Whenever I say those words to my parents, they know I’ve got something tricky to explain to them, something with many layers and intricacies. They’ll ask me, “when are you coming home for Thanksgiving?” and I’ll say “so, here’s the thing… I’m thinking of going to Chicago first and then….” I proceed on with a long-winded story of how I’ll end up in their dining room in Indianapolis on Thanksgiving Day.
So, here’s the thing…
Disproportionality. It’s a word says and implies a lot really quickly- many layers, intricacies. In the context of CASA, it means that there is a higher proportion of children that belong to X group in foster care than belong to X group in the scope of national demographics. What we’re experiencing in the foster care system right now is a higher percentage of children of color in the system than the percentage of children of color at large in the United States. (Here’s a link for people who like the statistics and graphs behind it all.) The comparison can be made across gender, socioeconomic status, sexual orientation, legal status, and other factors that can contribute to a child’s experience in the foster care system. While the root causes of disproportionality are complex to identify, what most professionals can agree on is that it certainly exists.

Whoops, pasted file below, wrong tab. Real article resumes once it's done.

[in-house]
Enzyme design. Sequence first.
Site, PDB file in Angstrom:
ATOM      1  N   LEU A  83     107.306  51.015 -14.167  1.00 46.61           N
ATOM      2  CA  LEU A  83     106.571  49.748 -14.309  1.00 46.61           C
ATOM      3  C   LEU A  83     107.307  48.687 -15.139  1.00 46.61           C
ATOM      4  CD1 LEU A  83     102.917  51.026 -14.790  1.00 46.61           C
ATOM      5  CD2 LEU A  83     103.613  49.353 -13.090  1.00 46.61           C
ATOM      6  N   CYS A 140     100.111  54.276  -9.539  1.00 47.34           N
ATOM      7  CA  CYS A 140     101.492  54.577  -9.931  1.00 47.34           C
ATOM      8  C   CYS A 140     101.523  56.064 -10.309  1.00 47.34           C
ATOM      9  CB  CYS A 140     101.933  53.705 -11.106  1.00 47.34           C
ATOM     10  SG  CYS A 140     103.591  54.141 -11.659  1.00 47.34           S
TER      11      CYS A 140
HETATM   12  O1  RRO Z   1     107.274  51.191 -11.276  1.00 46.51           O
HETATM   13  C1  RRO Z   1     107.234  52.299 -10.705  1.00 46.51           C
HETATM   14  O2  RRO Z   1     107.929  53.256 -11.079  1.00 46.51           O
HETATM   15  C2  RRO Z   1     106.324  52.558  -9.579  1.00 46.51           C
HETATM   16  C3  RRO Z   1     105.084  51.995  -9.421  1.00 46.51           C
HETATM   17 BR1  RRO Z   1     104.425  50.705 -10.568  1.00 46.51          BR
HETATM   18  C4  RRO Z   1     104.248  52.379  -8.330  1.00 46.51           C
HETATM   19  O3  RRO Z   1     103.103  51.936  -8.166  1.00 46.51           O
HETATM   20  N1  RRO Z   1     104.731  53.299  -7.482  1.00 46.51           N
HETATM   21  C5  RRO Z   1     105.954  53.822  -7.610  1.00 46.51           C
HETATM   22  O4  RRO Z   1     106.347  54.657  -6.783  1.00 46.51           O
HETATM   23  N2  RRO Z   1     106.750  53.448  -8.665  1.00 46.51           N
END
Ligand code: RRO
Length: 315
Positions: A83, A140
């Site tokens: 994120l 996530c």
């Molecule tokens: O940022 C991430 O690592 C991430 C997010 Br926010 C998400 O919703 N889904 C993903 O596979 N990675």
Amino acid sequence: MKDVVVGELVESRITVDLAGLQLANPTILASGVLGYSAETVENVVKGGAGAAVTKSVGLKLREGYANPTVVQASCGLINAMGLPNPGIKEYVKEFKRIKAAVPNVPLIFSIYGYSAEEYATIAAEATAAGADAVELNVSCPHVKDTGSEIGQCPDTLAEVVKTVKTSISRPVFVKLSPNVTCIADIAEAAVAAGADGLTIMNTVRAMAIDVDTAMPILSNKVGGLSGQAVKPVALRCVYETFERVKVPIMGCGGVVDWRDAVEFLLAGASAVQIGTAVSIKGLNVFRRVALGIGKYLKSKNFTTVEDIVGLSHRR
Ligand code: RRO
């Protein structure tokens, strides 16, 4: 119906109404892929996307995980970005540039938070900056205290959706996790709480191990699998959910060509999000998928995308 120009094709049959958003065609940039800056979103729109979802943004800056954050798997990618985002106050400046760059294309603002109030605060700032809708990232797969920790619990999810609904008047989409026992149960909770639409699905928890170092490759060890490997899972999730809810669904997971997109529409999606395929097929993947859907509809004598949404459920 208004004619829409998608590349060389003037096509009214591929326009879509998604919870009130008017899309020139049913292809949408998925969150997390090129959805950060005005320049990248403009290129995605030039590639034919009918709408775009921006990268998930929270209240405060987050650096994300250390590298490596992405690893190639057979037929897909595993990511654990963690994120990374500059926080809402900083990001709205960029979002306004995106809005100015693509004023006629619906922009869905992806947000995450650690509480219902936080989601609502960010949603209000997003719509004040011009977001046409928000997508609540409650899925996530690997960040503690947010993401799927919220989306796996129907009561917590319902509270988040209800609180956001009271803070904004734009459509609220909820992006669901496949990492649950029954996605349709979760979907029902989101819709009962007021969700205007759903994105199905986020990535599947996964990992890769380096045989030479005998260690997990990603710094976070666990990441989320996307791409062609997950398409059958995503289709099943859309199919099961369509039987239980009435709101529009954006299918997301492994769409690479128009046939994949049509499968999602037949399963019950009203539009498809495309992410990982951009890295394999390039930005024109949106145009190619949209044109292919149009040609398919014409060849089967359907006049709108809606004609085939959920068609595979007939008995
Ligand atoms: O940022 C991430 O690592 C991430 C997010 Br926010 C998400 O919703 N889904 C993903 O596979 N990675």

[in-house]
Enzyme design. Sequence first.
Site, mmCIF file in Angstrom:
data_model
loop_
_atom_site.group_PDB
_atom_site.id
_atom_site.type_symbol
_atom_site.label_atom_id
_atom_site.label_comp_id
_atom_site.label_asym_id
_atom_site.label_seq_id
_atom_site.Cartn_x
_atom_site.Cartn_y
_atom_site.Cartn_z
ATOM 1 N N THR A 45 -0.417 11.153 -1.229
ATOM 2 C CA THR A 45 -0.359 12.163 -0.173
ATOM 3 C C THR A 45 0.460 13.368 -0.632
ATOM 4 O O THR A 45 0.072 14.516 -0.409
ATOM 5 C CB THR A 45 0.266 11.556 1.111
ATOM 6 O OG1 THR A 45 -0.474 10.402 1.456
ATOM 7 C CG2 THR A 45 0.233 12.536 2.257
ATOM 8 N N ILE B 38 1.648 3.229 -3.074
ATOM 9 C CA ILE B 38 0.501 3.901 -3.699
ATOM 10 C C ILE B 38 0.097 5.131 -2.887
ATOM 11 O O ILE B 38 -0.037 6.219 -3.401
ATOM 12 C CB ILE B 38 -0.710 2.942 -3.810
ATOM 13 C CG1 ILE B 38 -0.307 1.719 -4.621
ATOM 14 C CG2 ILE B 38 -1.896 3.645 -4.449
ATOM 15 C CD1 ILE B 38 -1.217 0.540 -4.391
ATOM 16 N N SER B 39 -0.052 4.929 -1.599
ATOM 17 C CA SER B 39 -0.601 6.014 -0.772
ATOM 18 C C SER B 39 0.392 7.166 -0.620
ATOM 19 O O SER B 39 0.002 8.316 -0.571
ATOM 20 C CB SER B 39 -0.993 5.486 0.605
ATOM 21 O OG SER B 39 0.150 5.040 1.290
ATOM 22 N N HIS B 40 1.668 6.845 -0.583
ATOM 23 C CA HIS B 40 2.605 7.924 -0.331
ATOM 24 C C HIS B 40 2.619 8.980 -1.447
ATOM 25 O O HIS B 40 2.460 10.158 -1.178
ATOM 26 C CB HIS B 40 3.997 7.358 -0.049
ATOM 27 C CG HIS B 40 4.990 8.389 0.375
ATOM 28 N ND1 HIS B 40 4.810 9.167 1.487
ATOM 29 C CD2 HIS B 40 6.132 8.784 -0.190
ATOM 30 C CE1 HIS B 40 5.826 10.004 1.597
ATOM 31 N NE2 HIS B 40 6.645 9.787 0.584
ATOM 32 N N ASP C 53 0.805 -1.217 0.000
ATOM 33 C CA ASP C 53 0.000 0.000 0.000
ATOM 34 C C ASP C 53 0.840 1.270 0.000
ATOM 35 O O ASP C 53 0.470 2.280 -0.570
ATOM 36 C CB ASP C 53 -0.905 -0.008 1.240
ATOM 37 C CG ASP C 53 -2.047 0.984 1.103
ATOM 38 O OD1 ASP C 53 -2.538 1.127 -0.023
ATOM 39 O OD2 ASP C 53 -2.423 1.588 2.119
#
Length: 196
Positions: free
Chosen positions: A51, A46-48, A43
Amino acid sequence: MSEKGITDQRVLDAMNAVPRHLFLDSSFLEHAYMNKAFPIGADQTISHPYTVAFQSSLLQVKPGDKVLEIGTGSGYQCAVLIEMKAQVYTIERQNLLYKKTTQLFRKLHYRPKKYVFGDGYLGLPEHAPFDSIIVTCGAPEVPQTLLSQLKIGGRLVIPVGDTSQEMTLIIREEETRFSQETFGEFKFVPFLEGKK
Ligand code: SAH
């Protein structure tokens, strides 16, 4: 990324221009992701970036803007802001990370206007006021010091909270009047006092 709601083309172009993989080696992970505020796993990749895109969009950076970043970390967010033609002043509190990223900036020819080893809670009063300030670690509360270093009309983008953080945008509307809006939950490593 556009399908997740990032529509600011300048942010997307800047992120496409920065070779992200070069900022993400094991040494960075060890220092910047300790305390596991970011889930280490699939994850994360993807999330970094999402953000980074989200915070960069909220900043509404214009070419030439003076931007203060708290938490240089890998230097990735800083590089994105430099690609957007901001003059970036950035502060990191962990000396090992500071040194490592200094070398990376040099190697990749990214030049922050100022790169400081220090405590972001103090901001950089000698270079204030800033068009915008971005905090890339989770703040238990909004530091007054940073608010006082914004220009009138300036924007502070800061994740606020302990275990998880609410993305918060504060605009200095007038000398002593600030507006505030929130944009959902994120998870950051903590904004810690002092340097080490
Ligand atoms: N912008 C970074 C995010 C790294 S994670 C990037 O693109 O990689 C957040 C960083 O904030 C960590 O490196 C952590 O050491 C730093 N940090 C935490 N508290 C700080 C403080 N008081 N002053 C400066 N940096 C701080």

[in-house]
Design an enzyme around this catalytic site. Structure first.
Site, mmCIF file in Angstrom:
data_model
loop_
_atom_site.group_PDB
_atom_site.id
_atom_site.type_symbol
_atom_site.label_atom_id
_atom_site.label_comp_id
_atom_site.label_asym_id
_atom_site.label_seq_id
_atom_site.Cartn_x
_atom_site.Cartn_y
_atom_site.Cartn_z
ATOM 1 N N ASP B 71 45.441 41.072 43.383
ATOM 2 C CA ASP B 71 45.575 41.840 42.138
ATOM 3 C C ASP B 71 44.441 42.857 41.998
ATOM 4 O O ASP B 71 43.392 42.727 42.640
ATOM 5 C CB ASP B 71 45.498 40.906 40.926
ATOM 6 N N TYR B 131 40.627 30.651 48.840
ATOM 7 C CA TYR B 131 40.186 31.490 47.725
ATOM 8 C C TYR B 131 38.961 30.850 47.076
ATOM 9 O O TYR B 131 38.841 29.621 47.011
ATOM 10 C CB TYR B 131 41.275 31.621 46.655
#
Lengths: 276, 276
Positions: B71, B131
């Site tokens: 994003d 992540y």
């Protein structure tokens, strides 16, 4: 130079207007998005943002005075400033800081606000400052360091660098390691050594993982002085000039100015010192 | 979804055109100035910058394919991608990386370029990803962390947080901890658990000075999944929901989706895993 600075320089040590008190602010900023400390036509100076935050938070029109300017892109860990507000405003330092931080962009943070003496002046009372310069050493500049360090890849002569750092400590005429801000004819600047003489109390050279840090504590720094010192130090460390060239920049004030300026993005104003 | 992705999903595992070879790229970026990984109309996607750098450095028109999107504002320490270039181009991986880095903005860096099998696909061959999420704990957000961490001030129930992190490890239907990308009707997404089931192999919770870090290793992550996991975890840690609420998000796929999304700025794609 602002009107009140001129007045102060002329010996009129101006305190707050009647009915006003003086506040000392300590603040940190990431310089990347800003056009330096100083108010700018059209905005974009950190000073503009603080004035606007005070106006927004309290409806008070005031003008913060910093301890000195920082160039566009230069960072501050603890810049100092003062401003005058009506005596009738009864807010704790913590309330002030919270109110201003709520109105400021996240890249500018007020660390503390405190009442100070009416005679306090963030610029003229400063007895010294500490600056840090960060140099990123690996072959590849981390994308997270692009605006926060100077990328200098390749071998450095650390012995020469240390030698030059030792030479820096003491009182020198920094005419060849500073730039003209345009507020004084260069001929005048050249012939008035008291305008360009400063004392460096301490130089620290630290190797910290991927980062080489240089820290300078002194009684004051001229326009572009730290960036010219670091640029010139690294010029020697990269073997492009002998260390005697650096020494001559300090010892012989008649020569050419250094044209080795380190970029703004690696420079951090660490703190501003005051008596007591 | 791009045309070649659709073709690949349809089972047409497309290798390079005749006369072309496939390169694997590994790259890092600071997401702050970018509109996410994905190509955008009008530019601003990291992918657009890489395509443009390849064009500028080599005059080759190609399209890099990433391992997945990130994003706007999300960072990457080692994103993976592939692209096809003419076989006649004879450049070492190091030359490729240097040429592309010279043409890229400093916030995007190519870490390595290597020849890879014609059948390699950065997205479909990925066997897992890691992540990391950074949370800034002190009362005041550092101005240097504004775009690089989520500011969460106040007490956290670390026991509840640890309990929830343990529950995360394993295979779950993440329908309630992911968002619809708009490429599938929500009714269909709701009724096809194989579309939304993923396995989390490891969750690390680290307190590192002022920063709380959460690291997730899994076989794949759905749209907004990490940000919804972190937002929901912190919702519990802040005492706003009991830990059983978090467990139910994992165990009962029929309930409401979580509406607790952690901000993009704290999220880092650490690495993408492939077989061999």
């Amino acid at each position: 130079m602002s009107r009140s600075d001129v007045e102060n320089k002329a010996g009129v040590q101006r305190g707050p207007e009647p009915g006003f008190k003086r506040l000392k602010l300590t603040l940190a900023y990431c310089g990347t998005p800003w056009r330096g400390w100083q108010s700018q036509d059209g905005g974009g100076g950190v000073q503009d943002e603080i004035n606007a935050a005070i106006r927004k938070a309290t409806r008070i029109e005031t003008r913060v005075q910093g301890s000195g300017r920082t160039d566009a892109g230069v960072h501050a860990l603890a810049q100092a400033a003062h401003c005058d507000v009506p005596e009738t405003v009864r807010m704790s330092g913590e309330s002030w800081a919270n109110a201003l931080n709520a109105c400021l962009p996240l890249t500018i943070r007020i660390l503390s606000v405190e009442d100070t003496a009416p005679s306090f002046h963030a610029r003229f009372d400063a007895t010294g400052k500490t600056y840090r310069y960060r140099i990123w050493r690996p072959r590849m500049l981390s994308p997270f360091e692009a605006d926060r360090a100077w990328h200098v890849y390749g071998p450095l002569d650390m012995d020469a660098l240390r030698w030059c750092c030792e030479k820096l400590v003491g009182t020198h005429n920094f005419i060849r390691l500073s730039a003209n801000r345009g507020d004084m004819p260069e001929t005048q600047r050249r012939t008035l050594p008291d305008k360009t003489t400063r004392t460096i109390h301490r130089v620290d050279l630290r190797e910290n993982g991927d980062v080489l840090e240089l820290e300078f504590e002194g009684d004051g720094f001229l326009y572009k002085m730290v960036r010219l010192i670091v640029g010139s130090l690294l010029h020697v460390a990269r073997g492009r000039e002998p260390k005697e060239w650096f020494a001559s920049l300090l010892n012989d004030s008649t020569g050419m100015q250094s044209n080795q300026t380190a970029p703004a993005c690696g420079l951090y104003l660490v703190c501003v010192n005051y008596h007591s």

“The National CASA Association believes that embracing diversity and inclusiveness strengthens the status of children and their families and is vital to the organization’s vision, mission and development initiatives.” This commitment resonates here in CASA Nashville as well. During our volunteer training, we spend particular time focusing on the diversity within Davidson County and recognizing our own backgrounds. Some of our continuing education opportunities are also dedicated to concepts and themes of diversity.
-Ally, CASA Nashville